Arnold Schwarzenegger Gives Big Donation To Anti-Hate Group After Charlottesville

As the nation, watched, horrified, a white supremacist rally in Charlottesville turned deadly when one of the men attending the rally drove his car into a crowd, resulting in many injuries and the death of activist Heather Heyer.

A common response to the Charlottesville violence has been: “What can I do to help make this better?”

For most of us, the answers to that question include calling our representatives, attending protest marches, denouncing racism and white supremacy, and donating money to organizations working to eradicate hate in Charlottesville and America at large.

For people like Arnold Schwarzenegger, he’s putting his money where his mouth is in a big way. Schwarzenegger released a statement on his Facebook page this past weekend simply titled, “Charlottesville.” In it, the former California governor expressed heartbreak at the loss of life and images of Nazis marching openly in the streets, and addressed the alt-right protesters directly.

“While these so-called ‘white nationalists’ are lucky to live in a country that defends their right to voice their awful, incorrect, hateful opinions, the rest of us must use our voices and resources to condemn hate and teach tolerance at every opportunity,” he wrote. “My message to them is simple: you will not win. Our voices are louder and stronger. There is no white America – there is only the United States of America. You were not born with these hateful views – you can change, grow, and evolve, and I suggest you start immediately.”

Schwarzenegger also announced a monetary donation to the Simon Wiesenthal Center, a human rights and anti-hate organization dedicated to researching the holocaust and the evolution of hate in modern times.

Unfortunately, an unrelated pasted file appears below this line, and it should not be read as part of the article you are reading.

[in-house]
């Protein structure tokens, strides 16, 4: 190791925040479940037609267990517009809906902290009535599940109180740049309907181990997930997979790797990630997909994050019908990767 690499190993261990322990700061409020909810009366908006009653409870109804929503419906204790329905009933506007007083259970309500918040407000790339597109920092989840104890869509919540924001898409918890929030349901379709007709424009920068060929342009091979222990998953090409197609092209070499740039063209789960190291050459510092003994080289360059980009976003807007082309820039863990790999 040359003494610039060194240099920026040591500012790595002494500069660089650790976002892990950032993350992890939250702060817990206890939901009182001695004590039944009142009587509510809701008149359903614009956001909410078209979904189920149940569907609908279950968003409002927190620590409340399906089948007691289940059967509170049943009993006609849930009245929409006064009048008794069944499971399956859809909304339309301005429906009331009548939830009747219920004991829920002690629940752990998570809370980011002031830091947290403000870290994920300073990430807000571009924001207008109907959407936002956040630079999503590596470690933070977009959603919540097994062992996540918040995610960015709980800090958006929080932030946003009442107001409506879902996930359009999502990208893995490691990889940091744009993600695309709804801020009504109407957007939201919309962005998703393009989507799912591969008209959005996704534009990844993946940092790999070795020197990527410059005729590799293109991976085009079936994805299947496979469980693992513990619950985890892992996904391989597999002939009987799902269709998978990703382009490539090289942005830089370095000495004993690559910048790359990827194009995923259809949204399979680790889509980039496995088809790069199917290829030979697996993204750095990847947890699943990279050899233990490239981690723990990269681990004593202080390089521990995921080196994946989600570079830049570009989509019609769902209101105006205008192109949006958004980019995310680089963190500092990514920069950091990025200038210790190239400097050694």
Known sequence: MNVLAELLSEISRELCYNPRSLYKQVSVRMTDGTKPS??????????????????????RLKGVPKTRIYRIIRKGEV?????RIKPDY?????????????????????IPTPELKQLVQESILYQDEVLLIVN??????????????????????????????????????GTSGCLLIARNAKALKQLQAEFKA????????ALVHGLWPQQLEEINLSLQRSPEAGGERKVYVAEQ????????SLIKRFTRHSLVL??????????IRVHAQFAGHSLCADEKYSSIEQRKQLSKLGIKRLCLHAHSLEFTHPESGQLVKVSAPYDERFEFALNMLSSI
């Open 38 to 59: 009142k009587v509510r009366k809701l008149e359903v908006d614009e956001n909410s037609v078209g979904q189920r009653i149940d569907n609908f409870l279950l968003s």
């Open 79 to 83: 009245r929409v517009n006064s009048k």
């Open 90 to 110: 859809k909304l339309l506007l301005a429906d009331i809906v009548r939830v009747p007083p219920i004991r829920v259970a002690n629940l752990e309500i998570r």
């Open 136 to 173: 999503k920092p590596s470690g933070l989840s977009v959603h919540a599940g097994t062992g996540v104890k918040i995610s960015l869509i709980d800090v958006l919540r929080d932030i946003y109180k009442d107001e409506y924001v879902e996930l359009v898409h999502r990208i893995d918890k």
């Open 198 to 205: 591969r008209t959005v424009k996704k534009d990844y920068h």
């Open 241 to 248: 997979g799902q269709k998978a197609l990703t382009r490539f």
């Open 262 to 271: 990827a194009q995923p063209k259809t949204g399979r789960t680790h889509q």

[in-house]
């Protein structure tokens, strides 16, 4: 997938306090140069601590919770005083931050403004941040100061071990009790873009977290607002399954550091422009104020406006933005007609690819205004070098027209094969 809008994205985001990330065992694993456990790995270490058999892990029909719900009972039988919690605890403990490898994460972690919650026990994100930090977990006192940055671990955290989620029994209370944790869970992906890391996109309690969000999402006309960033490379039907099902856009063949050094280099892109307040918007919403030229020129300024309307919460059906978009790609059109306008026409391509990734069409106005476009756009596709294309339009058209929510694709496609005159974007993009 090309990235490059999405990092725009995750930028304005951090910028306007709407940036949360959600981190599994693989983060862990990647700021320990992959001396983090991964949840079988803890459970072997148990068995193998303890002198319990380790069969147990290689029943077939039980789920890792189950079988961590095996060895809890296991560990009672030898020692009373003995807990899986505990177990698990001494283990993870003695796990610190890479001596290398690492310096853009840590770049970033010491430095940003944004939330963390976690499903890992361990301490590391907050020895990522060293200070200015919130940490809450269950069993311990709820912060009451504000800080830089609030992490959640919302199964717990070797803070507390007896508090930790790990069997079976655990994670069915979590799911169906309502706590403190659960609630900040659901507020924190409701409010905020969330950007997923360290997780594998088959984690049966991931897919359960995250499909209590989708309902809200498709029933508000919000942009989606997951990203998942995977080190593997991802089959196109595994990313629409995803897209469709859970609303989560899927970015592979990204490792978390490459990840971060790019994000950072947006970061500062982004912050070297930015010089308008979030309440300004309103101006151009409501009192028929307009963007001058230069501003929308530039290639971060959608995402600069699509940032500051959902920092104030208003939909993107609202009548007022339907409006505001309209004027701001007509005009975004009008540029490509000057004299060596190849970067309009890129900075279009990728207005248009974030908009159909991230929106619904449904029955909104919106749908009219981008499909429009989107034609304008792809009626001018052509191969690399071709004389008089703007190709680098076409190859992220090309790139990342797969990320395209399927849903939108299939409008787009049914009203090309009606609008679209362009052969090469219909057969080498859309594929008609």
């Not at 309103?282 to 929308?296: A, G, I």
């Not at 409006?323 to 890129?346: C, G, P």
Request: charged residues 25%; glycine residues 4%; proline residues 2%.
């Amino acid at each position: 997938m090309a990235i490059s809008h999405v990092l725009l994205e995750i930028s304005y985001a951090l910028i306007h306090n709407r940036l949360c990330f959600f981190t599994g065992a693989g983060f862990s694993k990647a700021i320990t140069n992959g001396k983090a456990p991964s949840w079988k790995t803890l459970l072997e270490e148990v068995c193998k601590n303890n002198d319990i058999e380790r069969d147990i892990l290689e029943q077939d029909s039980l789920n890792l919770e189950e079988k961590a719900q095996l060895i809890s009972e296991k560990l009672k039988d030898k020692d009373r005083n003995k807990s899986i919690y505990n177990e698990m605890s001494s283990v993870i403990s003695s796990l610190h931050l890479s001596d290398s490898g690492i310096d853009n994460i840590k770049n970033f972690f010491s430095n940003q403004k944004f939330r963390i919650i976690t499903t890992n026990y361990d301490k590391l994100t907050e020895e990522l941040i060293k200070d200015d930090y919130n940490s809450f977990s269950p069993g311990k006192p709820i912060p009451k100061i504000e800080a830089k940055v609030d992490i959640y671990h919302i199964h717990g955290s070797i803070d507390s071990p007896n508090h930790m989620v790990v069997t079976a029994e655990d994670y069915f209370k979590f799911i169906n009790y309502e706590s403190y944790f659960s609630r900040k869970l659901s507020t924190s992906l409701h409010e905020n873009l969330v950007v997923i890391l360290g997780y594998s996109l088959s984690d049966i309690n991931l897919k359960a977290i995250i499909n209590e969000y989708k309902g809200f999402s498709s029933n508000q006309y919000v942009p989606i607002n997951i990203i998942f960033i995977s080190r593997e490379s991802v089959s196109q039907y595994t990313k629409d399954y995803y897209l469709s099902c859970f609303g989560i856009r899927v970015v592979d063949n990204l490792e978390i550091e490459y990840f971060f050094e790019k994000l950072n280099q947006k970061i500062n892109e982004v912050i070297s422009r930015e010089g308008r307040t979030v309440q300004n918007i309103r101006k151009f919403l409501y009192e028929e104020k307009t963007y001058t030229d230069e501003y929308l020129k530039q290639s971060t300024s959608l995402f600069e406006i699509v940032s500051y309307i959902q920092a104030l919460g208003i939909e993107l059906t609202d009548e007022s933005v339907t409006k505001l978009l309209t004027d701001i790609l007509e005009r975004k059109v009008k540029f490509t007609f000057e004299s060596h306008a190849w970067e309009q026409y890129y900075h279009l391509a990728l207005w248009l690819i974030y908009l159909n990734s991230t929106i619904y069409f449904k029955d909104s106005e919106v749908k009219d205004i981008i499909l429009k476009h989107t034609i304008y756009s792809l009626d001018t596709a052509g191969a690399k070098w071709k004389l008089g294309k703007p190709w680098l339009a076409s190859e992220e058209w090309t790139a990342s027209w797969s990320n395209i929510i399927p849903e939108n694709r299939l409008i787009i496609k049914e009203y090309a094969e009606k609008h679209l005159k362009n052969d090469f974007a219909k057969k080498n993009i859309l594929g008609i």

“I know that my contribution can help advance the Center’s mission of expanding tolerance through education and fighting hate all over America—in the streets and online,” Schwarzenneger wrote. “My dream is that all of you will join me in helping your favorite anti-hate organizations in any way you can.”

Schwarzenegger is one of many celebrities who have spoken out in response to Charlottesville and President Trump’s ensuing claim that “many sides” were responsible for the violence.

Other high-profile pledges have been made in the wake of Charlottesville. Apple CEO Tim Cook announced that the company would be donating $2 million to human rights organizations by the end of September.

“What occurred in Charlottesville has no place in our country,” Cook said. “Hate is a cancer, and left unchecked it destroys everything in its path.”

Schwarzenegger hopes his gift sparks similar acts of generosity, and that together, we can make a real difference in mending the country’s wounds and moving forward.

“United,” he said, “we are greater than the hatred we saw this weekend.”